These are some of the signs and symptoms of CLD:
Fluid buildup in the abdomen (ascites) and legs (edema)
Small red spots and tiny spider-like lines on skin
Severe nosebleeds and bleeding in the digestive tract
When a WD patient experiences FHF or advanced CLD a potentially lifesaving liver transplant may be the only treatment option.
There have been a number of scientific studies looking at how liver transplantation works in adults with WD and they are very encouraging! The largest study that followed 400 WD adults who were transplanted over a 20-year period found that almost 90% were still alive after one year; and more than 85% were still alive five years after getting their new livers. About an even number of men and women had transplants.
Studies show that in WD patients who had failing kidneys before transplantation they were able to have their kidney function restored without the need for ongoing dialysis or a second organ transplant. There's also evidence those WD patients with neurologic problems before transplant experienced improvement.
Liver transplantation cures Wilson disease and gives patients normal copper metabolism. However, anyone who receives a new liver must take medications to prevent organ rejection for life. These immune suppressing drugs can cause side effects and other long-term complications. Sadly, there is a shortage of donor organs and not nearly enough livers become available for the hundreds of people who need them each year.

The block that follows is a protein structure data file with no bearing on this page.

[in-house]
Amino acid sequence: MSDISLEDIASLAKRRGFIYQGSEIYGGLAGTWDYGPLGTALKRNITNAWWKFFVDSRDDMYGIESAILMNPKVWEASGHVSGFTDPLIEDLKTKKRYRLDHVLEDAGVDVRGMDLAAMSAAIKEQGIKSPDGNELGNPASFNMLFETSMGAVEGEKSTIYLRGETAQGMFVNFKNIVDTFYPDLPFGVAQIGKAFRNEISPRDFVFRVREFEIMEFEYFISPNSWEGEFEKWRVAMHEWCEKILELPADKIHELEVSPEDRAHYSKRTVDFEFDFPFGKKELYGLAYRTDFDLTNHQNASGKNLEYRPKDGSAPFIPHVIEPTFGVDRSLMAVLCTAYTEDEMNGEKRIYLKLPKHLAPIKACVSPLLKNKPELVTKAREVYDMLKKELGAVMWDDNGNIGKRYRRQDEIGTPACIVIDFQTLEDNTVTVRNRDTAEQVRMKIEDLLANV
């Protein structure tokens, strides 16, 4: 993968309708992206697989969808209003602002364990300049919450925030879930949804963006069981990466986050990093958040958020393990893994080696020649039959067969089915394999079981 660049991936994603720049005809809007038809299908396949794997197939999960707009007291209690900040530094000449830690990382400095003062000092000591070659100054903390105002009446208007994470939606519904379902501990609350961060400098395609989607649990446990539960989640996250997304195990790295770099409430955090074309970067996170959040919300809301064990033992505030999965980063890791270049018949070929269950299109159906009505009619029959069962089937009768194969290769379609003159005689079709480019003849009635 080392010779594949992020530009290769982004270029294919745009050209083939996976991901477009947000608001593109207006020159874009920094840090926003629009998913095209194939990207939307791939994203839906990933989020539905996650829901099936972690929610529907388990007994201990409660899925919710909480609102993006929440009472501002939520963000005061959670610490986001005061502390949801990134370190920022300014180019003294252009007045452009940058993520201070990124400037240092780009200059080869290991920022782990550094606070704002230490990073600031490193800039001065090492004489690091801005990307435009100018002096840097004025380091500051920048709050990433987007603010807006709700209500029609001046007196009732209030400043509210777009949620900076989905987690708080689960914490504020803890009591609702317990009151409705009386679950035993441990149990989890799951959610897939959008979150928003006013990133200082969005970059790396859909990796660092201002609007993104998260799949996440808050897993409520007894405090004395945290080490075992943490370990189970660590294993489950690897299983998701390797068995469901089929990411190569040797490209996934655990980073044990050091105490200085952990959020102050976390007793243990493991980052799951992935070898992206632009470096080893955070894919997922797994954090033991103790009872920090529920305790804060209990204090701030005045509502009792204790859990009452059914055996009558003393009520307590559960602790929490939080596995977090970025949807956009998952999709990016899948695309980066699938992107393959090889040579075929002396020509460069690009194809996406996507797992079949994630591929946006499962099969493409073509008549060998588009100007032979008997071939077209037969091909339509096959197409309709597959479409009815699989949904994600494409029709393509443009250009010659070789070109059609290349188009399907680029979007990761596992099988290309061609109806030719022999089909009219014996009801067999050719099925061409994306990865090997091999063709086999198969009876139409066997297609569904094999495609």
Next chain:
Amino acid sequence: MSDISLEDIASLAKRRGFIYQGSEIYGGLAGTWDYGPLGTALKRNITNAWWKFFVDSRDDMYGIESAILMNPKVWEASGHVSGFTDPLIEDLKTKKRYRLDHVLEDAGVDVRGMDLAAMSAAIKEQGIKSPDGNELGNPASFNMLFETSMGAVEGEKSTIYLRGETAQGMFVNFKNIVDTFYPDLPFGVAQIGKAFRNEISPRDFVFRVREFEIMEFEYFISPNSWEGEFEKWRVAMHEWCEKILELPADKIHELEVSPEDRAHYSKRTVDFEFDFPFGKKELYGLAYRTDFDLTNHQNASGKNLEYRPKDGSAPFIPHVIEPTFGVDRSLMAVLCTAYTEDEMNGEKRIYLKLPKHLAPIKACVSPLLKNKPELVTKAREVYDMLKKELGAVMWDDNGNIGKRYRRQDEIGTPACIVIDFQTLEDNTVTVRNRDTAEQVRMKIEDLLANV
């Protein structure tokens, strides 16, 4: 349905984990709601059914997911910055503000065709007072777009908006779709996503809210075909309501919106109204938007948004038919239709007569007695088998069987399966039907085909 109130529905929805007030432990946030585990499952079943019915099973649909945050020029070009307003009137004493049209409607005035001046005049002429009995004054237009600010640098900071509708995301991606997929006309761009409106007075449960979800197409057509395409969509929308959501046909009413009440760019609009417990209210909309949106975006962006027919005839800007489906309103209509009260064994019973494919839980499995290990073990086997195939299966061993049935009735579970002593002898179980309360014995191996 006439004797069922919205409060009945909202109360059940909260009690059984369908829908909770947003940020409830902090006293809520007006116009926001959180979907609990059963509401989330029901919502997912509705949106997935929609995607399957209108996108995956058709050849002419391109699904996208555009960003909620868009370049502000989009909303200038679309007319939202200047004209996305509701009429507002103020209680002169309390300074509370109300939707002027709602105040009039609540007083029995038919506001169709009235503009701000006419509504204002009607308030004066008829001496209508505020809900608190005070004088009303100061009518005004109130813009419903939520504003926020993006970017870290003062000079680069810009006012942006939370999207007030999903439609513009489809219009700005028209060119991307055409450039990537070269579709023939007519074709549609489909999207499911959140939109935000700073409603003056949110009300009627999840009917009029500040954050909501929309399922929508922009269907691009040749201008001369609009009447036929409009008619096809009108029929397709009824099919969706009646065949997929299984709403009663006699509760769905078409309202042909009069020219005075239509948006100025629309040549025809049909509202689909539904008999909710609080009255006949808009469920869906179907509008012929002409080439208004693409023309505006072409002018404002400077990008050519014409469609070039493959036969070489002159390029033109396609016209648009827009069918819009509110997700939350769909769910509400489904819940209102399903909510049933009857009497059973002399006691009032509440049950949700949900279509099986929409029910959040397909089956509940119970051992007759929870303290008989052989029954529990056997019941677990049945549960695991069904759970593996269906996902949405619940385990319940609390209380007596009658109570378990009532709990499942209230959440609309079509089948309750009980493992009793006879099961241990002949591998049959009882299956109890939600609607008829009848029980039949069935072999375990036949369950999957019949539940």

Just like in adults, there are reasons why children with WD may need a liver transplant though it's less common. According to the United Network for Organ Sharing (UNOS) there were 170 liver transplants done in children with WD between 1987 and 2008. Most of them were between the ages of 10 and 18 and 70-percent were female.
The largest study done looking at why children with WD need a liver transplant shows sudden liver failure – known as "fulminant hepatic failure" (FHF) – is by far the most common cause. It's also known as acute liver failure and is the rapid deterioration of liver function. The word "hepatic" of course refers to your liver and the word "fulminant" means suddenly, like lighting. Very few children with WD needing a transplant have liver failure that develops gradually over time, which is known as "chronic liver disease" (CLD).
It may be challenging for a parent to recognize acute, or sudden liver failure in their child since the early signs can mimic other illnesses. It can look like a virus -- an upset stomach (nausea and vomiting) or feeling tired all the time (fatigue). If liver failure is the cause, then jaundice – or yellowing of the skin and eyes – will quickly develop.
Another sign for parents to look for is encephalopathy since it almost always occurs in children with liver failure, however it may be subtle in its presentation. Encephalopathy is a condition in which the brain doesn't work properly because toxic substances start building up due to the liver no longer breaking them down so the body can get rid of them. Very young children may be irritable and cry and sleep a lot. Older children may seem angry, confused, and forgetful and may have trouble falling asleep but be drowsy during the day.
Other physical signs include vomiting blood or bloody stools. Bleeding in the GI tract can be a consequence of sudden liver failure. Abdominal pain or swelling can also occur.
Again, while CLD is uncommon in children with WD these are signs that should put a parent on alert: